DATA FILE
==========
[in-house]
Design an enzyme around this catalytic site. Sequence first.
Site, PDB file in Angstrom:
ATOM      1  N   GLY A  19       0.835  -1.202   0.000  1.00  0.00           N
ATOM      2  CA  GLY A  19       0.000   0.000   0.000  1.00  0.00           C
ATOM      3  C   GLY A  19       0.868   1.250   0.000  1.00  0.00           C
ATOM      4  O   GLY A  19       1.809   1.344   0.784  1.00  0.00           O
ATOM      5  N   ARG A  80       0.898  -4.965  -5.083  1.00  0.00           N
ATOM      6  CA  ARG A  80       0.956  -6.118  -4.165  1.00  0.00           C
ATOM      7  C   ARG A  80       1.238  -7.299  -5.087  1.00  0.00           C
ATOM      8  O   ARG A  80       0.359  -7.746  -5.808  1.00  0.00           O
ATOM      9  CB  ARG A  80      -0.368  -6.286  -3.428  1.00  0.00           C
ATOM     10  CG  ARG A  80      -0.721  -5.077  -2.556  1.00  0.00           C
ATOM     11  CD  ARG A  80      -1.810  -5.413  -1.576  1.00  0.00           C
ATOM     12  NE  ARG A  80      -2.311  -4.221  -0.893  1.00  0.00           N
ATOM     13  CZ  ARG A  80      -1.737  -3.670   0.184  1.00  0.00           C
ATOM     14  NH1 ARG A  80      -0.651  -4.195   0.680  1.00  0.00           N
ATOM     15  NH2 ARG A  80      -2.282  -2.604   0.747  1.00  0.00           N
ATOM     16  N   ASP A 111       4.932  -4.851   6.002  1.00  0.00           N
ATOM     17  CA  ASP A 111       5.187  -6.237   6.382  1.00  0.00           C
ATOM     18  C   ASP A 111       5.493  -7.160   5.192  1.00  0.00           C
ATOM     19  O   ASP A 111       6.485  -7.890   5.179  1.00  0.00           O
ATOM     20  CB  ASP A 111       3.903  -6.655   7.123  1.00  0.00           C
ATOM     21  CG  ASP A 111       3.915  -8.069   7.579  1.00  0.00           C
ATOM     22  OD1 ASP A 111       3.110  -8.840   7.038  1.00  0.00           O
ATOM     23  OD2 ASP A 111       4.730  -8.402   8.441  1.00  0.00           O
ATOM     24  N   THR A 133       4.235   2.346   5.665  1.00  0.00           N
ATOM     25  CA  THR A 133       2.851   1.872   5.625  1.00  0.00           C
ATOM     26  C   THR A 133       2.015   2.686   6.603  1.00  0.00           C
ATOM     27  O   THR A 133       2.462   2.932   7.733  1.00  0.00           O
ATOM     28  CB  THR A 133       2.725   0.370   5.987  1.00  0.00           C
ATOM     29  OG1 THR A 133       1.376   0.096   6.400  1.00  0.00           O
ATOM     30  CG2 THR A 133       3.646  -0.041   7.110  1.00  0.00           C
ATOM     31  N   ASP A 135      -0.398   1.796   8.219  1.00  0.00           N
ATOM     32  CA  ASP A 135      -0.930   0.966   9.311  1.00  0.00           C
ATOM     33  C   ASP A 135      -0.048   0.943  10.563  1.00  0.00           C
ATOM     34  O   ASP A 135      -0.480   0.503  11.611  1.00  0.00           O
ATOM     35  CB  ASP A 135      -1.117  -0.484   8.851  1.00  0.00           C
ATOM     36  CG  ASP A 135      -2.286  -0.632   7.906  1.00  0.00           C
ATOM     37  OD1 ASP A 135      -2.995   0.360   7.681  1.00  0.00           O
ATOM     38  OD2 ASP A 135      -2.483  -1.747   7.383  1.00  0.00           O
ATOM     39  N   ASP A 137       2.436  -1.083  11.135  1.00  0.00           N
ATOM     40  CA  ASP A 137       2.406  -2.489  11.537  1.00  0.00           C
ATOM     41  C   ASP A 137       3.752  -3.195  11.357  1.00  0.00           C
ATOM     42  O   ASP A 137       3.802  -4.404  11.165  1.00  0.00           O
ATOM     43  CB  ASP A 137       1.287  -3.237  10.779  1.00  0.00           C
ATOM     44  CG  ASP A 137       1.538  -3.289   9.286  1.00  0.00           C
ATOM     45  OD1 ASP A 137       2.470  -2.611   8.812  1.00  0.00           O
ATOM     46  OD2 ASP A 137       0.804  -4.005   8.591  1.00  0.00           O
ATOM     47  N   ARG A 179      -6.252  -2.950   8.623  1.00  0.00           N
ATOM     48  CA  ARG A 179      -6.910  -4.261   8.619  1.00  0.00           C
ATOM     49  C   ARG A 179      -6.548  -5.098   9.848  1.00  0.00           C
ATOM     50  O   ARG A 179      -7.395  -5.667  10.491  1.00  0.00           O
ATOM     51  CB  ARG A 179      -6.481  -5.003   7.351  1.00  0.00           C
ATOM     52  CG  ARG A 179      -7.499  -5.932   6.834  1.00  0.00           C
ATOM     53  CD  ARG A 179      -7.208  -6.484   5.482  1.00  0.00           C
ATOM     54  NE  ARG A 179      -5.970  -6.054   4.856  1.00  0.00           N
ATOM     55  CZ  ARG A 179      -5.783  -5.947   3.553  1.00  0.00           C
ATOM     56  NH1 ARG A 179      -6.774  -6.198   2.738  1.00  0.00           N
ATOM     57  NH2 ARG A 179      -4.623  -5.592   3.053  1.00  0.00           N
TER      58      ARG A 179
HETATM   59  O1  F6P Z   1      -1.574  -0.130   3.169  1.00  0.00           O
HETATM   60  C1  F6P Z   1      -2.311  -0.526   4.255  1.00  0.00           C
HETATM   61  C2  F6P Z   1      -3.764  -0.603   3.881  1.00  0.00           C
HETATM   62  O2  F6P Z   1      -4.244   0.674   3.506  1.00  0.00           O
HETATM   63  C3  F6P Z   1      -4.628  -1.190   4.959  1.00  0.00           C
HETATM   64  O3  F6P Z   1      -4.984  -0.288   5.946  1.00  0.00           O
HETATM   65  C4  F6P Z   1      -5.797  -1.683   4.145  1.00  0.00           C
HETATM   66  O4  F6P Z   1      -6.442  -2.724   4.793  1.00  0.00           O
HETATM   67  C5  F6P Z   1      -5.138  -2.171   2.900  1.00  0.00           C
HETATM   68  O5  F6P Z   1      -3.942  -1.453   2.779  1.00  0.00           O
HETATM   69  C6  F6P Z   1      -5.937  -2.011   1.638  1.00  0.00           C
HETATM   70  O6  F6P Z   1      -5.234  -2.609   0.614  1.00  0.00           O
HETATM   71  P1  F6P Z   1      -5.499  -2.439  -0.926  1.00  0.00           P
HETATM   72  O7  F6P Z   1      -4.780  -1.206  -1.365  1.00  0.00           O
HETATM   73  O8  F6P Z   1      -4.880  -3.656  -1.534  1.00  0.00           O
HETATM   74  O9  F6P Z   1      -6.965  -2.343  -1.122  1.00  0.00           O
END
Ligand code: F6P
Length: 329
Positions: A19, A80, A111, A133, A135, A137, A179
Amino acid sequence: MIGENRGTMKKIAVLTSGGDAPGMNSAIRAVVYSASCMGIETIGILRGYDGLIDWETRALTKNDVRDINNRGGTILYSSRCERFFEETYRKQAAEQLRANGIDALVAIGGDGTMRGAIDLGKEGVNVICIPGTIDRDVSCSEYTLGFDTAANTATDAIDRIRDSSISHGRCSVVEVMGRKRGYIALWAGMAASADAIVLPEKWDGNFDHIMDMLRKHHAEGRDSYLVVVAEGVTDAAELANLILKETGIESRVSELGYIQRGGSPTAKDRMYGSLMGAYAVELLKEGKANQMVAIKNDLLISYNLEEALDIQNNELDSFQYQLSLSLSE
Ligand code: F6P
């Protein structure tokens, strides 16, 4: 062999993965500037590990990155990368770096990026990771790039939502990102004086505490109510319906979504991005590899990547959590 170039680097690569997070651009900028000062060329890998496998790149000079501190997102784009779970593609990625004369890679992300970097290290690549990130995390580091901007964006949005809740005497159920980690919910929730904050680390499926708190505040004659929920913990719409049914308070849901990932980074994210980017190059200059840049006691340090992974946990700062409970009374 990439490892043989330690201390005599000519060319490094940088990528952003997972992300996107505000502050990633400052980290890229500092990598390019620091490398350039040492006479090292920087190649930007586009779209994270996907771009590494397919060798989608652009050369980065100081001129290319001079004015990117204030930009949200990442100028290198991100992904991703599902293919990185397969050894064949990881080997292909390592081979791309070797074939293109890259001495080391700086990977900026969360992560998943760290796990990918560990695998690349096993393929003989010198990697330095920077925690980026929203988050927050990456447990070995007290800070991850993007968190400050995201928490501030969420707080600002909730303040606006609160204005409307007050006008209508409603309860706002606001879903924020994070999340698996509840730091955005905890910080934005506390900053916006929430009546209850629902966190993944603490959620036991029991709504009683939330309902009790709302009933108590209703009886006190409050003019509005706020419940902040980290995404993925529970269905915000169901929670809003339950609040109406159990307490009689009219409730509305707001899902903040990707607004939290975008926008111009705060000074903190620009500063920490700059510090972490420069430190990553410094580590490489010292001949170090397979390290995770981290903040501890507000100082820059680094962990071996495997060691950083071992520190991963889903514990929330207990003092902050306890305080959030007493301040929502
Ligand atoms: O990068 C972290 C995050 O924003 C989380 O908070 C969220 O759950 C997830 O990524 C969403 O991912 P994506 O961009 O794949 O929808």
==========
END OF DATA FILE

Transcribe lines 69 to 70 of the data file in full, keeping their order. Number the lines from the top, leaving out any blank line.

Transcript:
HETATM   66  O4  F6P Z   1      -6.442  -2.724   4.793  1.00  0.00           O
HETATM   67  C5  F6P Z   1      -5.138  -2.171   2.900  1.00  0.00           C